- Conduct a market and investment analysis. Evaluate potential properties for their investment potential. You want to know current value and possible future performance of your investment. You also want to know absolutely everything about the market where you plan to buy property or invest. Check the neighborhood, property tax costs, schools, crime, job opportunities, amenities and listings and vacancies. Don't forget to take any location depreciation into account as well.
- Decide what type of investment you’re interested in. It's decision time. Once you've decided on the right type of investment for you, you can move forward with a preapproval. Keep in mind that you don't have to invest in just one investment. You can consider investing in both REITs and short-term investments at the same time!
- Get preapproved through a lender. A preapproval is a document that shows how much a lender will offer you for a mortgage and includes the amount you may be able to get at a particular interest rate. In order to get preapproved, you can submit information about your income, assets and debts by offering pay stubs, W-2s, proof of income, account statements, other loan information and your ID. Your lender will share what they need you to submit.
- Make an offer. A good real estate agent can help you decide on the amount of money you might want to offer for the investment you're after. Your agent can draft an offer letter as well. This can include the amount of money you want to offer. You and the seller can then negotiate the price and terms of the sale.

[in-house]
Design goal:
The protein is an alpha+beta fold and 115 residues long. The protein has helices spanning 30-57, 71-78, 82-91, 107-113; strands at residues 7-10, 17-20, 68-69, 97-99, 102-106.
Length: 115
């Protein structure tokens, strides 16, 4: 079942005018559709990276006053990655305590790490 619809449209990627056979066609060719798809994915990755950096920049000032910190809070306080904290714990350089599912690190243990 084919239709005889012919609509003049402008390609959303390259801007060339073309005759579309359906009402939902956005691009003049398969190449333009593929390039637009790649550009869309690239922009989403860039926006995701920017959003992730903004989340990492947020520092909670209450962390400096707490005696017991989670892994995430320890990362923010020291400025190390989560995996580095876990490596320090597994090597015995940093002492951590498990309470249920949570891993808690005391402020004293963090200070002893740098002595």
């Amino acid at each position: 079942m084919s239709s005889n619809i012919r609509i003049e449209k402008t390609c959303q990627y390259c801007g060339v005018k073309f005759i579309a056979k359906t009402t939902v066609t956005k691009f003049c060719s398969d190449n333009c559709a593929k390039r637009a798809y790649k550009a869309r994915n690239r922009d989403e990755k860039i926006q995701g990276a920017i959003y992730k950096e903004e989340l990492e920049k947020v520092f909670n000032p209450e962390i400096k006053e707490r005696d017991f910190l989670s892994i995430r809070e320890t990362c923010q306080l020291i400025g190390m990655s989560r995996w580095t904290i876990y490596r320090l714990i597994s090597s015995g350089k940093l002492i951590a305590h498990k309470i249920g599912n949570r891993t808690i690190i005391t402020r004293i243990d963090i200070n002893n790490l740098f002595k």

The Bottom Line
When looking into the types of income producing properties, you can invest in a wide in real estate in different ways. These include real estate investment trusts (REITs), crowdfunding, single-family rentals, owner-occupied rentals, multifamily rentals, short-term rentals, turnkey properties and wholesaling.
Once you've understood your finances, conduct a market and investment analysis and decide on the right type of investment for your needs. Next, get preapproved through your lender and make an offer on the property you want.
If you're interested in income-producing real estate investments, get preapproved for a mortgage today.